Those questions all came in over the weekend, and they’re good ones. I’m no chemist, but I’ll do my best to answer.
Lye is an alkaline substance, which in chemical terms means it’s on the opposite side of the pH scale relative to an acid, but that doesn’t mean it’s harmless. A strong alkaline, like lye, is every bit as capable of delivering a bad chemical burn as a strong acid. In the past lye was a common household chemical, used in some forms of food preparation but also to make soap. The pioneers in America employed lye for just that purpose.
But where did they get it? The answer is they made it. How? By soaking wood ashes in barrels and collecting the caustic liquid that leached out the bottom. The main chemical ingredient in this kind of homemade lye (correct me if I’m wrong, chemists) was/is calcium carbonate, the same compound that native peoples in Central America have historically used to treat corn to make tortillas. This is the stuff that can be found in many Mexican markets and is commonly referred to as “cal.”
That, however is just one type of lye. So-called “Chinese lye” is a mixture of potassium carbonate and sodium bicarbonate (baking soda), and is frequently used in cookery, notably to make rice dumplings and buns.
The lye that’s commonly used for European pretzels (and bagels) is sodium hydroxide, also called “caustic soda” which is produced industrially. Prior to its invention (isolation), it’s my understanding that Europeans primarily used sodium carbonate, which can be extracted from trees and plants, but is just as frequently mined from alkaline lake beds. This was the compound that peoples dating back to the Egyptians used to wash clothes and preserve food, known as “natron.”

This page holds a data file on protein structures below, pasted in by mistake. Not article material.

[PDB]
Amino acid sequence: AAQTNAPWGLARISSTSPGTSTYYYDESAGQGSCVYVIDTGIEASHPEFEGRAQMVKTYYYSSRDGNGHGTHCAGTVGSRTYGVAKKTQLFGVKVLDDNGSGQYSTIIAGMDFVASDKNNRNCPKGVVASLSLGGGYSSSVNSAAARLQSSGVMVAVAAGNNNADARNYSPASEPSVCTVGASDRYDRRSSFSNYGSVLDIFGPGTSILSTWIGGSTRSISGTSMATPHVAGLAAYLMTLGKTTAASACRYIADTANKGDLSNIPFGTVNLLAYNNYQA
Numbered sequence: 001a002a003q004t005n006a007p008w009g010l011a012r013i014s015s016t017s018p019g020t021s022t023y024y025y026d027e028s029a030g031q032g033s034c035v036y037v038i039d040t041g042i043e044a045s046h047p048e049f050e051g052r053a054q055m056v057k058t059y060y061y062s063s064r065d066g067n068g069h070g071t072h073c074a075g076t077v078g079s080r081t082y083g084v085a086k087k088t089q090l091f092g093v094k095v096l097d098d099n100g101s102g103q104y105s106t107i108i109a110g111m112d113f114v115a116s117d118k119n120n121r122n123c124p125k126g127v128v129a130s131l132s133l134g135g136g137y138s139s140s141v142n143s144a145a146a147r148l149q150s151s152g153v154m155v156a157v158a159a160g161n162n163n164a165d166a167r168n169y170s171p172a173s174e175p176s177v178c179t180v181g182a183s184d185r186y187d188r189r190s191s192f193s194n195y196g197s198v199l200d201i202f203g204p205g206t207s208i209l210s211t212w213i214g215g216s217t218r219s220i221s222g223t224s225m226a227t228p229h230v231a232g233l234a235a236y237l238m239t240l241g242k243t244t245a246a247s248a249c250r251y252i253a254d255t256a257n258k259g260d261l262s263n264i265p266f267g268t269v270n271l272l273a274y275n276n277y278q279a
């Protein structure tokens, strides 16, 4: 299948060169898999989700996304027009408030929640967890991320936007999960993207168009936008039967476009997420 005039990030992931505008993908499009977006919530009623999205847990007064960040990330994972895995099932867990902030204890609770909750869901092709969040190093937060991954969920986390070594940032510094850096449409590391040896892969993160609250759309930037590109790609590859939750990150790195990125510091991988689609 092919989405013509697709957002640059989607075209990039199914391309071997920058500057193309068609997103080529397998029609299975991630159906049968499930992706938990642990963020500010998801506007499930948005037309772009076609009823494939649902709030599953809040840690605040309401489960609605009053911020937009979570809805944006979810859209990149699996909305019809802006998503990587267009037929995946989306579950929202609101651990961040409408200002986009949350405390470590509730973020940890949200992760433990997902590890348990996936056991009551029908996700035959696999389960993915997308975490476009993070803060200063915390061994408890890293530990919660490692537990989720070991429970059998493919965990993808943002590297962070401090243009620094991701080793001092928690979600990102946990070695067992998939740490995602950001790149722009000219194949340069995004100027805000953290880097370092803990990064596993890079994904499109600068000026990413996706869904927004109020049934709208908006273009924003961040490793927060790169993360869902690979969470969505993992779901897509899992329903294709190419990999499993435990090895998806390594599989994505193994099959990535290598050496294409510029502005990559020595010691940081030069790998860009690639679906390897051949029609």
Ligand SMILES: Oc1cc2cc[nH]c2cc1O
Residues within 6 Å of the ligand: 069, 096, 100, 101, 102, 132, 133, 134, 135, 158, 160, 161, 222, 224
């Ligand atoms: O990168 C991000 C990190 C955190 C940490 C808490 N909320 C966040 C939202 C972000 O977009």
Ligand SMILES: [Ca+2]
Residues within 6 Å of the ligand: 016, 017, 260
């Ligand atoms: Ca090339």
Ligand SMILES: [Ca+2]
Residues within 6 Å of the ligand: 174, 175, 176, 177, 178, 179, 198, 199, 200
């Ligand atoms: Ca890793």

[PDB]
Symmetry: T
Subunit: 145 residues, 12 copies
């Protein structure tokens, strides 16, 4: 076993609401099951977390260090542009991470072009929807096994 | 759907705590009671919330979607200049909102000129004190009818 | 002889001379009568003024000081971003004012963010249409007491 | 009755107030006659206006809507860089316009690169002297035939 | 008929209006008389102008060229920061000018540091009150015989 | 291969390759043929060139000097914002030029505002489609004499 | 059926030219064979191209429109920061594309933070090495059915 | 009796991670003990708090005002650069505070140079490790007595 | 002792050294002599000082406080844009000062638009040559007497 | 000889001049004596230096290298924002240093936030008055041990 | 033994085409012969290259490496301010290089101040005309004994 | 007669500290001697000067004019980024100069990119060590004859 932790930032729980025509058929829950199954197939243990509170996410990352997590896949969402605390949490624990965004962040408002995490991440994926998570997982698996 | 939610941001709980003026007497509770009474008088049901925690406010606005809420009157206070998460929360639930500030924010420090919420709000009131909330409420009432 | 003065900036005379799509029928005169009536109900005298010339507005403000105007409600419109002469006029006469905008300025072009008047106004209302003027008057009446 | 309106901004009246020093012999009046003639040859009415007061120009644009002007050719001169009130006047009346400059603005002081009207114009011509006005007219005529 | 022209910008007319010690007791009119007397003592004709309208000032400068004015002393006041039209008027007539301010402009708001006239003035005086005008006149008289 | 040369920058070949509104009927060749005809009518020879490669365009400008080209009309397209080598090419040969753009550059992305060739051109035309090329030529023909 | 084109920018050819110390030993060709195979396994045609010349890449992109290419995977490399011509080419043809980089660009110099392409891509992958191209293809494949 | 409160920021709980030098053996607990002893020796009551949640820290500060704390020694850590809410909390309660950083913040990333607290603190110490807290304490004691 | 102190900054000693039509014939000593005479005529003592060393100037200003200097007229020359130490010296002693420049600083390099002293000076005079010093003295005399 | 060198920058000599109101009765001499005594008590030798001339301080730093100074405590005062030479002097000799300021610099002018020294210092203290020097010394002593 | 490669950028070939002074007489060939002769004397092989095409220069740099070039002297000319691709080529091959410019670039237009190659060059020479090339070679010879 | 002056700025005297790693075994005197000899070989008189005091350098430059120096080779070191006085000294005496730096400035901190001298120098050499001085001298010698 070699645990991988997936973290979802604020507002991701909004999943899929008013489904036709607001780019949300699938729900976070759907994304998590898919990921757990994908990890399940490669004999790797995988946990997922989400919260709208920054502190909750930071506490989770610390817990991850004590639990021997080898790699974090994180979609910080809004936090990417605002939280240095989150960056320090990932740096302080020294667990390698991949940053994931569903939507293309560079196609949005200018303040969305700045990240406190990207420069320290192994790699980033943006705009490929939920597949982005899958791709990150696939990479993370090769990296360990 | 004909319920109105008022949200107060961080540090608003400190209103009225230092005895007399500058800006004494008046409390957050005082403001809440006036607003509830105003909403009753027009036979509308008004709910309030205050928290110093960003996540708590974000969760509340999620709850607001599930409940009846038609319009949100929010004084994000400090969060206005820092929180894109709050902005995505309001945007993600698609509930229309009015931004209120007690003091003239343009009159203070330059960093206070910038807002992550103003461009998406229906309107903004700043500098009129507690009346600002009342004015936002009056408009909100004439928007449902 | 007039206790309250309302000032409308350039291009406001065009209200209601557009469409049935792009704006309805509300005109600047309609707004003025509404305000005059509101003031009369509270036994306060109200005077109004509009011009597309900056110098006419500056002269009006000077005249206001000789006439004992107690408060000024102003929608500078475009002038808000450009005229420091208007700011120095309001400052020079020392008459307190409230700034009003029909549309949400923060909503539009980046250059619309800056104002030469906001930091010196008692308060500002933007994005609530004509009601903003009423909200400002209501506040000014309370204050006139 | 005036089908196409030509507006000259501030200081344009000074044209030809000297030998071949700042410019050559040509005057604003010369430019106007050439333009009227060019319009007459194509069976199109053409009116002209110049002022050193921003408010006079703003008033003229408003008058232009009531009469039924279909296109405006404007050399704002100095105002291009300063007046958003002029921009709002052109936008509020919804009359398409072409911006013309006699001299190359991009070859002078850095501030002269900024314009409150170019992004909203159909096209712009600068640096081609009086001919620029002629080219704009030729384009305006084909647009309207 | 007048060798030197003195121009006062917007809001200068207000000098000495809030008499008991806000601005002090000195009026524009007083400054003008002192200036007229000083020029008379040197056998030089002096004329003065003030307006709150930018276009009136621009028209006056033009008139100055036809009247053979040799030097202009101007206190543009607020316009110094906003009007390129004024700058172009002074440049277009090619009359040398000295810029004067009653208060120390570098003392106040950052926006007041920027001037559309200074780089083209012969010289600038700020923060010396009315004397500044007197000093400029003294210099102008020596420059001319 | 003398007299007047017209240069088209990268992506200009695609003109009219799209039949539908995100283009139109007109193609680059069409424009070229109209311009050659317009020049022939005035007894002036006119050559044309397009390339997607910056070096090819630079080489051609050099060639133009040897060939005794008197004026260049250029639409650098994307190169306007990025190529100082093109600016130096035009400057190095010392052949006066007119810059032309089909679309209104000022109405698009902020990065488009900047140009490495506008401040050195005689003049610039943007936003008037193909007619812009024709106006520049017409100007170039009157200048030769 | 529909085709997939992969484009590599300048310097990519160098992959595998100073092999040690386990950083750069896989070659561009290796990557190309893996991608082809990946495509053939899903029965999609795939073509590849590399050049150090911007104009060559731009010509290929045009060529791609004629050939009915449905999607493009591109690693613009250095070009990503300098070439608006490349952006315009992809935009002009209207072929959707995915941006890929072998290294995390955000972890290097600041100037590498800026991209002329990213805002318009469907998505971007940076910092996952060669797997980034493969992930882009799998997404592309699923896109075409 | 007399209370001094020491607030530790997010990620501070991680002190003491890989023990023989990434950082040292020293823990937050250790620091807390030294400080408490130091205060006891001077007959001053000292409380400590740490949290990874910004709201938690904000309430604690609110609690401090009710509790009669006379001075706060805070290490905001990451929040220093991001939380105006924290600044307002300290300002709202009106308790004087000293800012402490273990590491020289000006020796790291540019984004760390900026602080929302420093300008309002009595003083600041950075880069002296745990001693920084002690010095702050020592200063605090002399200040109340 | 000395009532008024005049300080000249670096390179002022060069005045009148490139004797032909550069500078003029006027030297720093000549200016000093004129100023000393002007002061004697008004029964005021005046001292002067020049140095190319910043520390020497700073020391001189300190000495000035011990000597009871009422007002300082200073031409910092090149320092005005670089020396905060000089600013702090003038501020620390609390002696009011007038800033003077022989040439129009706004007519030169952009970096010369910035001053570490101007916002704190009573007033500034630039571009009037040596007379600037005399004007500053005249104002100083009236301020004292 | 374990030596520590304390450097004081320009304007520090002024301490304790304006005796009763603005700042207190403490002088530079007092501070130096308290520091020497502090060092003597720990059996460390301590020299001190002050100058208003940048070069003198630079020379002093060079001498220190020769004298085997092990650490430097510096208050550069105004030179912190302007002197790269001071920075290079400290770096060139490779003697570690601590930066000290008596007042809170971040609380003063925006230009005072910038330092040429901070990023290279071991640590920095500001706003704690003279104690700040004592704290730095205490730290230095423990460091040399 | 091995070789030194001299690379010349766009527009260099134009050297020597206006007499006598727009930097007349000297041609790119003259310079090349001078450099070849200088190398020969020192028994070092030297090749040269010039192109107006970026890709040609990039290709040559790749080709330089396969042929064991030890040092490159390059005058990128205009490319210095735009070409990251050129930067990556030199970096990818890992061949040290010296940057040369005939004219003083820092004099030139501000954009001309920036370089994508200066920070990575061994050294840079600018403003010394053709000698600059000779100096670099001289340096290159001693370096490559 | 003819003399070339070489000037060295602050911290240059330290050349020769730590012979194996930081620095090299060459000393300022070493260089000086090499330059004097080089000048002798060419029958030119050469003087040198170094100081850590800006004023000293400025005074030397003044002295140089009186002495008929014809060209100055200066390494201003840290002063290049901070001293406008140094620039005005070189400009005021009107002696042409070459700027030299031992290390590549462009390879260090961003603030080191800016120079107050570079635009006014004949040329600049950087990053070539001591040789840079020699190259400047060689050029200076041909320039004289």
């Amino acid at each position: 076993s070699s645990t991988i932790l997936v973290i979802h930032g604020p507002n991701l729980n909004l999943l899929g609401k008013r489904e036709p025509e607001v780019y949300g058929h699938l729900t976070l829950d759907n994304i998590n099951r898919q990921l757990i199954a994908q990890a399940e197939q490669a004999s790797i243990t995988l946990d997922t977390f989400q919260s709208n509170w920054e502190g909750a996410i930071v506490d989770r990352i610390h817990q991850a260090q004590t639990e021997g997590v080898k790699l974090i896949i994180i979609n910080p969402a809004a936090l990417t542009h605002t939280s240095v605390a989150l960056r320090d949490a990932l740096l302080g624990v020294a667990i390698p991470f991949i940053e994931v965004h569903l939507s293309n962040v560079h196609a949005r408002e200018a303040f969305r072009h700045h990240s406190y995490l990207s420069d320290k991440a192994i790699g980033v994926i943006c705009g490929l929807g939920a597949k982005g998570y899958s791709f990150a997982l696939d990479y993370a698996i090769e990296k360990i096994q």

What does all this have to do with pretzels? I confess I’m not sure. Only that somehow, somewhere, strong alkalines were introduced into the production of some kinds of northern European breads. Regarding which, I can’t say I’m sure that some of the non-European lyes I mentioned would work the same way for pretzel-making. Had I had the time and wherewithal, it would have made an interesting experiment. Oh well. Call it another item on Joe’s ever-lengthening “to-do” list.
UPDATE: Reader Bill adds:
Potassium hydroxide is the lye component derived from wood ashes (hardwood). Calcium carbonate (lime) is also present in an even larger proportion.
UPDATE: Reader Bronwyn says:
Might see if I can nab some NaOH and KOH from work and do that wee pretzel lye comparison for you. Can’t think there’d be a huge difference, as it’s the (OH-) that does the work. Compare with NaNO3 and KNO3 which seem to be able to be used interchangeably in curing meat.